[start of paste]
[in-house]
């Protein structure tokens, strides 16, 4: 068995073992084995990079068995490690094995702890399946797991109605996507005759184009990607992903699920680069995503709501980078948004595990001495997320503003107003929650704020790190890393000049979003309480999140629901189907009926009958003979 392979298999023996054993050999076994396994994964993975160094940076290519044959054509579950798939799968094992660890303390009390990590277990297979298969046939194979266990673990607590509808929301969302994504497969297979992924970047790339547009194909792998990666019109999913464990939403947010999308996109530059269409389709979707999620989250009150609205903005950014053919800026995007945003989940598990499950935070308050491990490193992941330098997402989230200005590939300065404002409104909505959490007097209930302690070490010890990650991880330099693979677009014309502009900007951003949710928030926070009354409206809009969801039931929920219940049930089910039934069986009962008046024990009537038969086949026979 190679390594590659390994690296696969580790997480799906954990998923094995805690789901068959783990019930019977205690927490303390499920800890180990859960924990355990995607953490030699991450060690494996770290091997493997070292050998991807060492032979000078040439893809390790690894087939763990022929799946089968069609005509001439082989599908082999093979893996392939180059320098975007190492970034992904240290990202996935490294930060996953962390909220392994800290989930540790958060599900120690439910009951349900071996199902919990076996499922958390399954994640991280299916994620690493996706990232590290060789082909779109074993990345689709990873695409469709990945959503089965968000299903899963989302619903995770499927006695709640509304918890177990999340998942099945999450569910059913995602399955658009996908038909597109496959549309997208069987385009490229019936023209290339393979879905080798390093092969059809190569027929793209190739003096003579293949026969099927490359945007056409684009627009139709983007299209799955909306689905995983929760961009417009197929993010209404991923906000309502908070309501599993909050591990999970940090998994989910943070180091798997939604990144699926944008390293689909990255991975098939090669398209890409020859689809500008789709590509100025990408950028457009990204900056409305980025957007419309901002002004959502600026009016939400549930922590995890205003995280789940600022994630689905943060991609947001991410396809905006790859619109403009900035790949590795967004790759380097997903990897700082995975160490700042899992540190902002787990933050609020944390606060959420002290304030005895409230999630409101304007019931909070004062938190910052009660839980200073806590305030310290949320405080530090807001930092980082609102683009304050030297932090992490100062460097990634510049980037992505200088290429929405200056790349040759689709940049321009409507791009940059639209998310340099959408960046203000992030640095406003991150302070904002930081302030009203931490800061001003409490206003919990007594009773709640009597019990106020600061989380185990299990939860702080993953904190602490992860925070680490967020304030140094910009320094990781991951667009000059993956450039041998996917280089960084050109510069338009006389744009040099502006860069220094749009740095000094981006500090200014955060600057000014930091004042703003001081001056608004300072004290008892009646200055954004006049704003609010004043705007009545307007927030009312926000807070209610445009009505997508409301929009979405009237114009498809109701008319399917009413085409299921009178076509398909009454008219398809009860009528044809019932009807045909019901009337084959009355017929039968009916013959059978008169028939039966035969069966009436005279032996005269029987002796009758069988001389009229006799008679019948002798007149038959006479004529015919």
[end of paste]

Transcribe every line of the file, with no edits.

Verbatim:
[in-house]
């Protein structure tokens, strides 16, 4: 068995073992084995990079068995490690094995702890399946797991109605996507005759184009990607992903699920680069995503709501980078948004595990001495997320503003107003929650704020790190890393000049979003309480999140629901189907009926009958003979 392979298999023996054993050999076994396994994964993975160094940076290519044959054509579950798939799968094992660890303390009390990590277990297979298969046939194979266990673990607590509808929301969302994504497969297979992924970047790339547009194909792998990666019109999913464990939403947010999308996109530059269409389709979707999620989250009150609205903005950014053919800026995007945003989940598990499950935070308050491990490193992941330098997402989230200005590939300065404002409104909505959490007097209930302690070490010890990650991880330099693979677009014309502009900007951003949710928030926070009354409206809009969801039931929920219940049930089910039934069986009962008046024990009537038969086949026979 190679390594590659390994690296696969580790997480799906954990998923094995805690789901068959783990019930019977205690927490303390499920800890180990859960924990355990995607953490030699991450060690494996770290091997493997070292050998991807060492032979000078040439893809390790690894087939763990022929799946089968069609005509001439082989599908082999093979893996392939180059320098975007190492970034992904240290990202996935490294930060996953962390909220392994800290989930540790958060599900120690439910009951349900071996199902919990076996499922958390399954994640991280299916994620690493996706990232590290060789082909779109074993990345689709990873695409469709990945959503089965968000299903899963989302619903995770499927006695709640509304918890177990999340998942099945999450569910059913995602399955658009996908038909597109496959549309997208069987385009490229019936023209290339393979879905080798390093092969059809190569027929793209190739003096003579293949026969099927490359945007056409684009627009139709983007299209799955909306689905995983929760961009417009197929993010209404991923906000309502908070309501599993909050591990999970940090998994989910943070180091798997939604990144699926944008390293689909990255991975098939090669398209890409020859689809500008789709590509100025990408950028457009990204900056409305980025957007419309901002002004959502600026009016939400549930922590995890205003995280789940600022994630689905943060991609947001991410396809905006790859619109403009900035790949590795967004790759380097997903990897700082995975160490700042899992540190902002787990933050609020944390606060959420002290304030005895409230999630409101304007019931909070004062938190910052009660839980200073806590305030310290949320405080530090807001930092980082609102683009304050030297932090992490100062460097990634510049980037992505200088290429929405200056790349040759689709940049321009409507791009940059639209998310340099959408960046203000992030640095406003991150302070904002930081302030009203931490800061001003409490206003919990007594009773709640009597019990106020600061989380185990299990939860702080993953904190602490992860925070680490967020304030140094910009320094990781991951667009000059993956450039041998996917280089960084050109510069338009006389744009040099502006860069220094749009740095000094981006500090200014955060600057000014930091004042703003001081001056608004300072004290008892009646200055954004006049704003609010004043705007009545307007927030009312926000807070209610445009009505997508409301929009979405009237114009498809109701008319399917009413085409299921009178076509398909009454008219398809009860009528044809019932009807045909019901009337084959009355017929039968009916013959059978008169028939039966035969069966009436005279032996005269029987002796009758069988001389009229006799008679019948002798007149038959006479004529015919």